Parenting Styles, Thinking Styles, and Career Decision Self-efficacy in Gifted Adolescents

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Azkya Milfa Laensadi, Rose Mini Agoes Salim


This study examined the effects of adolescents perceptions of their own parents parenting styles and their thinking styles on their career decision self-efficacy. The study participants were 173 gifted high school students in 11th and 12th grade in Jakarta. The adapted Career Decision Self-Efficacy (CDSE) Scale-Short Form, Parental Authority Questionnaire, and Thinking Style Inventory were used to collect data. The data were analyzed using the multiple regression and Hayes PROCESS simple mediation model. It was found that the CDSE was significantly influenced by authoritative and permissive parenting styles and as well as by Type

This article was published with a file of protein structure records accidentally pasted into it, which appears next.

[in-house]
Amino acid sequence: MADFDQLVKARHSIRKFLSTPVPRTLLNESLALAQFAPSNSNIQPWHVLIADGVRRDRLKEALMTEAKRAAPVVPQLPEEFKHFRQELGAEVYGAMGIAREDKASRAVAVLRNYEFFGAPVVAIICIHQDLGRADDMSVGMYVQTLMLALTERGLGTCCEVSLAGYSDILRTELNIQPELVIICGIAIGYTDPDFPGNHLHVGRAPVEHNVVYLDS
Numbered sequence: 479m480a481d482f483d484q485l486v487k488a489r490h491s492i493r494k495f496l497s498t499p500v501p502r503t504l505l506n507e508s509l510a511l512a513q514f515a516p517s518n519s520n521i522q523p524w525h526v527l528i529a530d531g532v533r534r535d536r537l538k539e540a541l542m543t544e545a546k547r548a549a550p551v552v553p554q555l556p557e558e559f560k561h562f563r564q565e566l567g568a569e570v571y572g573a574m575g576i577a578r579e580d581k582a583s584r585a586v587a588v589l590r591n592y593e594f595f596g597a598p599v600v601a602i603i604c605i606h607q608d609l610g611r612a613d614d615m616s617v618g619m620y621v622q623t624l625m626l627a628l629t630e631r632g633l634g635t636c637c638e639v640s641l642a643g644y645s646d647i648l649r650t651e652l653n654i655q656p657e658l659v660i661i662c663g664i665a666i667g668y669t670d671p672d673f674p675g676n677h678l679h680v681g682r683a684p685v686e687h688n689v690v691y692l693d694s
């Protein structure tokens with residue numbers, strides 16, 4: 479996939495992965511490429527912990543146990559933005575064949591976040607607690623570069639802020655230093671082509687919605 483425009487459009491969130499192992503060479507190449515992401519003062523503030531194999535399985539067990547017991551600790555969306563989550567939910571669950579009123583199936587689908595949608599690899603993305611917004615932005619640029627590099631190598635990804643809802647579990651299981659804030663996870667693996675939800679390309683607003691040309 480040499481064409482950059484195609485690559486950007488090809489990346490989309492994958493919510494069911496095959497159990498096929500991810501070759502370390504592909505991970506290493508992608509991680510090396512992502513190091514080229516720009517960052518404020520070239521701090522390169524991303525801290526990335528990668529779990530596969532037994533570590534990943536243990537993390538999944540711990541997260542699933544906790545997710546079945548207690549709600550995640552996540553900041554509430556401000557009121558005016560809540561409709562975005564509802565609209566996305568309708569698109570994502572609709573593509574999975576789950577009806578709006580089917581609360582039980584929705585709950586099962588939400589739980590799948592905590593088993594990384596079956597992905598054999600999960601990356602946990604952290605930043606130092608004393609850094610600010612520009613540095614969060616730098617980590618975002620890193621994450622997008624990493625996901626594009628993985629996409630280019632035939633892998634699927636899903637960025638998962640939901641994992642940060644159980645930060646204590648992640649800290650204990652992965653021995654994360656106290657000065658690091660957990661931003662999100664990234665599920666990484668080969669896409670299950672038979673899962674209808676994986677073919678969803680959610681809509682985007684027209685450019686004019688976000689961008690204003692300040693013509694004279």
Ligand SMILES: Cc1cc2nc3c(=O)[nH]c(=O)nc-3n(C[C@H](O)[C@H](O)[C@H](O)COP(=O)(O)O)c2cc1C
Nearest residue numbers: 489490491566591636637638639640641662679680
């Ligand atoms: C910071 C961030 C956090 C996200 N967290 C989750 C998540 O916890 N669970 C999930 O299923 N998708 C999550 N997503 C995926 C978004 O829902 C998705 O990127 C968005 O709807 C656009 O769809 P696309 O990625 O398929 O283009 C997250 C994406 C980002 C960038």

1, Type 2, and Type 3 thinking styles. Mediation testing found that the thinking style variables significantly mediated some relationships between parenting styles and the CDSE. However, there were some limitations, for which the implications for further research are given.

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